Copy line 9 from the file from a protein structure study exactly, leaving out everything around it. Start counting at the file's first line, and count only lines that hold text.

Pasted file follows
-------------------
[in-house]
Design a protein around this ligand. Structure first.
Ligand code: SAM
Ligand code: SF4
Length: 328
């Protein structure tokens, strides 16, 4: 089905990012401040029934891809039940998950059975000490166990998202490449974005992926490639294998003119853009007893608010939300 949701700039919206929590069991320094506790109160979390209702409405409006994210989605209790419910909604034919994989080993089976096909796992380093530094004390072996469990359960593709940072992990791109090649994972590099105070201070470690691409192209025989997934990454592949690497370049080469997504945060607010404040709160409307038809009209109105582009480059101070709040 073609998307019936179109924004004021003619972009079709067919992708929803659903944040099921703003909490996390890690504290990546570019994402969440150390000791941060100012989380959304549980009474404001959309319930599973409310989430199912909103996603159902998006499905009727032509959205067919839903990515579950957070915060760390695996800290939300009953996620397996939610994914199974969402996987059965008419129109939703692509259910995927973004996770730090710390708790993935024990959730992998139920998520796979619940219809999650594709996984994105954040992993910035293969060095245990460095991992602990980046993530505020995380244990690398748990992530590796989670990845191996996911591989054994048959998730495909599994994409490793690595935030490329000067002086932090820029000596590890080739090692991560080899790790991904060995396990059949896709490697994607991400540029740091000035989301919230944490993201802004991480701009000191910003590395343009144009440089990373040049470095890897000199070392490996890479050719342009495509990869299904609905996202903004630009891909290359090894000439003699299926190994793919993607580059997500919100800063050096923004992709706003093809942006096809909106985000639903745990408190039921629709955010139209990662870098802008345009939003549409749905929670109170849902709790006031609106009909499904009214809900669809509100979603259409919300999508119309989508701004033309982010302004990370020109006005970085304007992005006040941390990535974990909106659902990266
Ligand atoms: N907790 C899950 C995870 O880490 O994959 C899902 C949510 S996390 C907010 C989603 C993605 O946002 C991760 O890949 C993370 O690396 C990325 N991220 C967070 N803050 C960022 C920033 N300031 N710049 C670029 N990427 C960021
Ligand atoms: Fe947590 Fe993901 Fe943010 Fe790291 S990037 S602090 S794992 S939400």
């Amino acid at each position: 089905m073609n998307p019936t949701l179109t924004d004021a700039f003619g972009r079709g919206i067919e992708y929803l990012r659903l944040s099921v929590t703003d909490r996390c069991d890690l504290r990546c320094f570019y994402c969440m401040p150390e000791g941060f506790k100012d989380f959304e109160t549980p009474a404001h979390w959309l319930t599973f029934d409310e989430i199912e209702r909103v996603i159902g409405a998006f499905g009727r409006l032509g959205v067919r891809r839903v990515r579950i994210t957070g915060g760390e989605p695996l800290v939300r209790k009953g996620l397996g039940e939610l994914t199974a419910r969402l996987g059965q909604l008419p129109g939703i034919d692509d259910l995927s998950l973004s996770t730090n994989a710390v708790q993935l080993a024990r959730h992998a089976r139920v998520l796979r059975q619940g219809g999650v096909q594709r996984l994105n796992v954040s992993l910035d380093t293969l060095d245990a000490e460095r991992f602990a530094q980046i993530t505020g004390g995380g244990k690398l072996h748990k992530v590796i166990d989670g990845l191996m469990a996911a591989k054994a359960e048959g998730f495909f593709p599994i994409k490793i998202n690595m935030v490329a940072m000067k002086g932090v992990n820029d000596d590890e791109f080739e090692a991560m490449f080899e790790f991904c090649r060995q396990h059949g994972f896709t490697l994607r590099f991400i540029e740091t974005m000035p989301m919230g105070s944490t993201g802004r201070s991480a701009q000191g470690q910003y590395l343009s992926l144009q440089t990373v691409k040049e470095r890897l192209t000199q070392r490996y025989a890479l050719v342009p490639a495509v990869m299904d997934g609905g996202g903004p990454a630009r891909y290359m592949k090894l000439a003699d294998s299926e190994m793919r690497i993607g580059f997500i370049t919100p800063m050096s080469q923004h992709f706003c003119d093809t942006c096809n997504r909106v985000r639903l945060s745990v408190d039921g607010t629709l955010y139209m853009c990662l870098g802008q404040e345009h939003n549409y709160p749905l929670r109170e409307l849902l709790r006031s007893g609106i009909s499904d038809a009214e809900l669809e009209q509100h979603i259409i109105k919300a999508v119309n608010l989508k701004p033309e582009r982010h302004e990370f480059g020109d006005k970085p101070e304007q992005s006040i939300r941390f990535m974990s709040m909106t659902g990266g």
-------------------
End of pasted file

């Amino acid at each position: 089905m073609n998307p019936t949701l179109t924004d004021a700039f003619g972009r079709g919206i067919e992708y929803l990012r659903l944040s099921v929590t703003d909490r996390c069991d890690l504290r990546c320094f570019y994402c969440m401040p150390e000791g941060f506790k100012d989380f959304e109160t549980p009474a404001h979390w959309l319930t599973f029934d409310e989430i199912e209702r909103v996603i159902g409405a998006f499905g009727r409006l032509g959205v067919r891809r839903v990515r579950i994210t957070g915060g760390e989605p695996l800290v939300r209790k009953g996620l397996g039940e939610l994914t199974a419910r969402l996987g059965q909604l008419p129109g939703i034919d692509d259910l995927s998950l973004s996770t730090n994989a710390v708790q993935l080993a024990r959730h992998a089976r139920v998520l796979r059975q619940g219809g999650v096909q594709r996984l994105n796992v954040s992993l910035d380093t293969l060095d245990a000490e460095r991992f602990a530094q980046i993530t505020g004390g995380g244990k690398l072996h748990k992530v590796i166990d989670g990845l191996m469990a996911a591989k054994a359960e048959g998730f495909f593709p599994i994409k490793i998202n690595m935030v490329a940072m000067k002086g932090v992990n820029d000596d590890e791109f080739e090692a991560m490449f080899e790790f991904c090649r060995q396990h059949g994972f896709t490697l994607r590099f991400i540029e740091t974005m000035p989301m919230g105070s944490t993201g802004r201070s991480a701009q000191g470690q910003y590395l343009s992926l144009q440089t990373v691409k040049e470095r890897l192209t000199q070392r490996y025989a890479l050719v342009p490639a495509v990869m299904d997934g609905g996202g903004p990454a630009r891909y290359m592949k090894l000439a003699d294998s299926e190994m793919r690497i993607g580059f997500i370049t919100p800063m050096s080469q923004h992709f706003c003119d093809t942006c096809n997504r909106v985000r639903l945060s745990v408190d039921g607010t629709l955010y139209m853009c990662l870098g802008q404040e345009h939003n549409y709160p749905l929670r109170e409307l849902l709790r006031s007893g609106i009909s499904d038809a009214e809900l669809e009209q509100h979603i259409i109105k919300a999508v119309n608010l989508k701004p033309e582009r982010h302004e990370f480059g020109d006005k970085p101070e304007q992005s006040i939300r941390f990535m974990s709040m909106t659902g990266g």